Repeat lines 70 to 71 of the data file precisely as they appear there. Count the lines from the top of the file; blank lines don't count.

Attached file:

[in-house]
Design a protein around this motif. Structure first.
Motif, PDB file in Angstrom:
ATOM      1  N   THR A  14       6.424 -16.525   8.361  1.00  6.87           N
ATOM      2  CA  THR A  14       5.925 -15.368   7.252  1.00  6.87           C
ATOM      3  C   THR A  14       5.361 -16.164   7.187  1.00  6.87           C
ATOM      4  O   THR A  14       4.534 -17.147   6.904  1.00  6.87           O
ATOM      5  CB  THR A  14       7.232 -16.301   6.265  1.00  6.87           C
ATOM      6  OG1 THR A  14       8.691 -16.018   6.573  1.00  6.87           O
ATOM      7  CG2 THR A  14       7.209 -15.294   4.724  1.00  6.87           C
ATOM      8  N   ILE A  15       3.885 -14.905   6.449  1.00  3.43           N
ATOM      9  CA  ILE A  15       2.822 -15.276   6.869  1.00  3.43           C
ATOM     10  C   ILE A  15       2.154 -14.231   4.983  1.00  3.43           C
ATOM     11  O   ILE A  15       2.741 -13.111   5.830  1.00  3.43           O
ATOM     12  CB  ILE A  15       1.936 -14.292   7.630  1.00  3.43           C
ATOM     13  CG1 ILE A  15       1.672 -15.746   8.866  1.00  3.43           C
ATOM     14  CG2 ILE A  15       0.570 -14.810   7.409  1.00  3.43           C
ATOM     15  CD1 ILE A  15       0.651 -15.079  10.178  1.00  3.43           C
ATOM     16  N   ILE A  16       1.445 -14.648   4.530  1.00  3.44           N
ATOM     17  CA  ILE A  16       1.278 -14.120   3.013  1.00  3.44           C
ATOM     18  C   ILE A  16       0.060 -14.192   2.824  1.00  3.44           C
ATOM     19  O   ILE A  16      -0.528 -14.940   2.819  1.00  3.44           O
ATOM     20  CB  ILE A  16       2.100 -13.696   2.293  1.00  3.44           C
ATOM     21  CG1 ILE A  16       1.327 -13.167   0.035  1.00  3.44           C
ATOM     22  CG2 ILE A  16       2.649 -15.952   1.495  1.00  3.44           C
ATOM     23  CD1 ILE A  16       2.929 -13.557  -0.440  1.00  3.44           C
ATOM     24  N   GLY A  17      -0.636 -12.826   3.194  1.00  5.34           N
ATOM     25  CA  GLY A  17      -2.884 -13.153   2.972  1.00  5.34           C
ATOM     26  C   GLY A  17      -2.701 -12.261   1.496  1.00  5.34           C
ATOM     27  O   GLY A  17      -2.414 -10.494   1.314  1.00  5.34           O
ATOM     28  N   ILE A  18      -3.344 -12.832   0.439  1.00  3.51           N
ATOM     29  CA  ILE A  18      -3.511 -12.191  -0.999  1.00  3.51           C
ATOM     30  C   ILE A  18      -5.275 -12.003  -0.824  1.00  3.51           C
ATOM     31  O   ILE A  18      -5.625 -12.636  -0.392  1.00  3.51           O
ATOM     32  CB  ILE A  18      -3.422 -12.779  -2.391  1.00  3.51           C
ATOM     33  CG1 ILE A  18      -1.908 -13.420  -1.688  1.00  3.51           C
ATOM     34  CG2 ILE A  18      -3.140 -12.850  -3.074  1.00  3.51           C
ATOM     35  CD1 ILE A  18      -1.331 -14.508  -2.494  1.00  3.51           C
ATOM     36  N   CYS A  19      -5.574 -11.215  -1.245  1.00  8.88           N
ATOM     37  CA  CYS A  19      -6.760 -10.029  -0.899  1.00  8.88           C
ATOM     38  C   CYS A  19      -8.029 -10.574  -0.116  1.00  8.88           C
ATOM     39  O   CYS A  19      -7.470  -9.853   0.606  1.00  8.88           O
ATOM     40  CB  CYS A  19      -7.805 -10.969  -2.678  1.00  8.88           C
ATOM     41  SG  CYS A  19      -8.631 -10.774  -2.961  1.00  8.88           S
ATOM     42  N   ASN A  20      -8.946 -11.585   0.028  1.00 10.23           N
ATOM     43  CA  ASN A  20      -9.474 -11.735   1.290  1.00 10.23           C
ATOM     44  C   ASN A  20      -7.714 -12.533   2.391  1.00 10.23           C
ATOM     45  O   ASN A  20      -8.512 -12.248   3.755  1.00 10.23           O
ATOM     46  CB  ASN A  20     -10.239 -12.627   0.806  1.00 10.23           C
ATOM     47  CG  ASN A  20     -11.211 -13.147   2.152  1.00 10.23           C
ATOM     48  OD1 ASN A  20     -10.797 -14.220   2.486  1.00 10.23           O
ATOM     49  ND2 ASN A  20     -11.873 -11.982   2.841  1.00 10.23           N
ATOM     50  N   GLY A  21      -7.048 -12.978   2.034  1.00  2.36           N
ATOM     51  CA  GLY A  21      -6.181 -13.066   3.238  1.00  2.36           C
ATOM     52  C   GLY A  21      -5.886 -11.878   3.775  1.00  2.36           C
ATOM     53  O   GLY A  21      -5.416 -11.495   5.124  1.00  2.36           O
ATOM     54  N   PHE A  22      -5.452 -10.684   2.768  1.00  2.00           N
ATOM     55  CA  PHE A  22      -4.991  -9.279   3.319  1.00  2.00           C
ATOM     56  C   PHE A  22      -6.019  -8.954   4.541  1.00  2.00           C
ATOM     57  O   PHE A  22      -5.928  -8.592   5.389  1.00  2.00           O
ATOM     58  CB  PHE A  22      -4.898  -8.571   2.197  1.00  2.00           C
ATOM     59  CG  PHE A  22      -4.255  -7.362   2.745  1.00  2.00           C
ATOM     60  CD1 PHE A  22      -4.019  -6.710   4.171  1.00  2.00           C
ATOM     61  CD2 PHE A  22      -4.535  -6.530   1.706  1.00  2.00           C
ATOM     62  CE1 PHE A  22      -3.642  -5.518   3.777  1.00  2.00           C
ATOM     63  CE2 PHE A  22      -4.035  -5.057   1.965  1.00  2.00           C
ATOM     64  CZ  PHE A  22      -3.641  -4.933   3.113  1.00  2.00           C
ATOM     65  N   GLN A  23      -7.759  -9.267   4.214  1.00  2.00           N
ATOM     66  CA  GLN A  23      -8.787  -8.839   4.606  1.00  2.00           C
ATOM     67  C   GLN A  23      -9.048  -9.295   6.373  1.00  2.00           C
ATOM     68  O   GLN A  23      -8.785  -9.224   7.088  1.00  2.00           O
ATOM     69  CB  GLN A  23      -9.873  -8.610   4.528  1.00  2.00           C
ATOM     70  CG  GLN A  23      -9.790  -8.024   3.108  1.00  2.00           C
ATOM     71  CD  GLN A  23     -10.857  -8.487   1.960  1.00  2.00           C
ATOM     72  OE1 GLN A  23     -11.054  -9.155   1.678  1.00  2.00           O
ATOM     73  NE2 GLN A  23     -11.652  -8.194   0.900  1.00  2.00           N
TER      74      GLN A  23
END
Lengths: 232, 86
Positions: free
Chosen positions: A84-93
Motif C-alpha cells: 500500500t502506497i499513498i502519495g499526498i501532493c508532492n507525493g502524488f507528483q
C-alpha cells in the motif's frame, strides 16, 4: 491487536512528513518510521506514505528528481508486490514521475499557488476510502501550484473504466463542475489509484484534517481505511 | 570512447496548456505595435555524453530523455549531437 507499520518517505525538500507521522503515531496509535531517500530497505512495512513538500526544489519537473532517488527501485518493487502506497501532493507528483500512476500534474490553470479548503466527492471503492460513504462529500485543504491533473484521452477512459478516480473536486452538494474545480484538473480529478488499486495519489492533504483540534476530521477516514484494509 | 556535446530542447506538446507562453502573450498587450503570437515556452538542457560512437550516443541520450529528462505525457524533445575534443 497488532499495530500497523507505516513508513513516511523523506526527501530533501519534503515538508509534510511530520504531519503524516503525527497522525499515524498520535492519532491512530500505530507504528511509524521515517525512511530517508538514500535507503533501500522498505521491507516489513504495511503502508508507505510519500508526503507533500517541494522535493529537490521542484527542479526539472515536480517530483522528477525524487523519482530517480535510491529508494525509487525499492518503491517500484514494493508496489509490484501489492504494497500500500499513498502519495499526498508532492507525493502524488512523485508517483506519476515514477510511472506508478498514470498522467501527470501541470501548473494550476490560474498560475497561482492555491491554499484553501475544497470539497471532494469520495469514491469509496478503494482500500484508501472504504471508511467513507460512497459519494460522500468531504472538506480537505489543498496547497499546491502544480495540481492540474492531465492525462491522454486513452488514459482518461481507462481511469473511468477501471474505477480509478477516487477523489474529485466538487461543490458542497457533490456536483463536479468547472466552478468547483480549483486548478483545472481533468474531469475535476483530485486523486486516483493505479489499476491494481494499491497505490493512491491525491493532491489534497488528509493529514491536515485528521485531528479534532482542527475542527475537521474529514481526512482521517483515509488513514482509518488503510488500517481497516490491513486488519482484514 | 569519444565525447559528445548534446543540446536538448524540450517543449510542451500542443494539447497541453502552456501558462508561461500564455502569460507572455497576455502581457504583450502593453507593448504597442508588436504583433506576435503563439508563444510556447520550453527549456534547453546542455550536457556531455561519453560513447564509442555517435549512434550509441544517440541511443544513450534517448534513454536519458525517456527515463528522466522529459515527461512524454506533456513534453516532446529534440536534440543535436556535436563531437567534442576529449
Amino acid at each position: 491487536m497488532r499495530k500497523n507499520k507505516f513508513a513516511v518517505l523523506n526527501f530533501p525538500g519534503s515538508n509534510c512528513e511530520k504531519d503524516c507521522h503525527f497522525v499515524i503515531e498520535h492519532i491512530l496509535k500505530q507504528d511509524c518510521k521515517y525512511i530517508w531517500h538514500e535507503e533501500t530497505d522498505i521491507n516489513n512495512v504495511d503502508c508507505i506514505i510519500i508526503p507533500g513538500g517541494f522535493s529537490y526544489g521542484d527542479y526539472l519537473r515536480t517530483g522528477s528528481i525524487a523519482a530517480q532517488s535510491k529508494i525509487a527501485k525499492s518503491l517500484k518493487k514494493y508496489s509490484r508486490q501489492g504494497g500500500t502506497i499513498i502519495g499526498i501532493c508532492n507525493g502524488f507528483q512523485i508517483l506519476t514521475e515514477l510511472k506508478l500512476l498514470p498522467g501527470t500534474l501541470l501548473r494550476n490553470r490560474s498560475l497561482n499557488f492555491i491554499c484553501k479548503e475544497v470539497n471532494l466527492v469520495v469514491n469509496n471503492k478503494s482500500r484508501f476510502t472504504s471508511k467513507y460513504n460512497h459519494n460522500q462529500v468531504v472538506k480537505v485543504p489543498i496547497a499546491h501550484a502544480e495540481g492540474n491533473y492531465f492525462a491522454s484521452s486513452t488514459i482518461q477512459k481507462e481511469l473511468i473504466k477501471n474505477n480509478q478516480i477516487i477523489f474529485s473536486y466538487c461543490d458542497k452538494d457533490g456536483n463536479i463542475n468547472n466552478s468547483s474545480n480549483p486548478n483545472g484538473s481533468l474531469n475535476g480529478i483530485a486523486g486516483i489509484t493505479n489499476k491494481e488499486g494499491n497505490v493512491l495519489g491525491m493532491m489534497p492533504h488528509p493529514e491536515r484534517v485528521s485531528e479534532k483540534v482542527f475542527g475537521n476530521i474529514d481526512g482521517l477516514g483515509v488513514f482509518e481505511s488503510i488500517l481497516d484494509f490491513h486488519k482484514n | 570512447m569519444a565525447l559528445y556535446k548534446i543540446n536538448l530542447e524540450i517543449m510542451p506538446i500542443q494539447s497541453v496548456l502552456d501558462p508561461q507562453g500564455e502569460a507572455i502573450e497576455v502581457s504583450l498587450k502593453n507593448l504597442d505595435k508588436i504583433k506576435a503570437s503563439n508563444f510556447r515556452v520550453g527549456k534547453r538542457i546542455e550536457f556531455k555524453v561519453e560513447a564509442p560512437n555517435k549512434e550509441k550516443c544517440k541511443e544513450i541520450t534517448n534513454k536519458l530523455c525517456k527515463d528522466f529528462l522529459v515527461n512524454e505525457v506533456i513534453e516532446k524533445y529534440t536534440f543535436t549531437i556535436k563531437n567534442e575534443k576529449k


ATOM     67  C   GLN A  23      -9.048  -9.295   6.373  1.00  2.00           C
ATOM     68  O   GLN A  23      -8.785  -9.224   7.088  1.00  2.00           O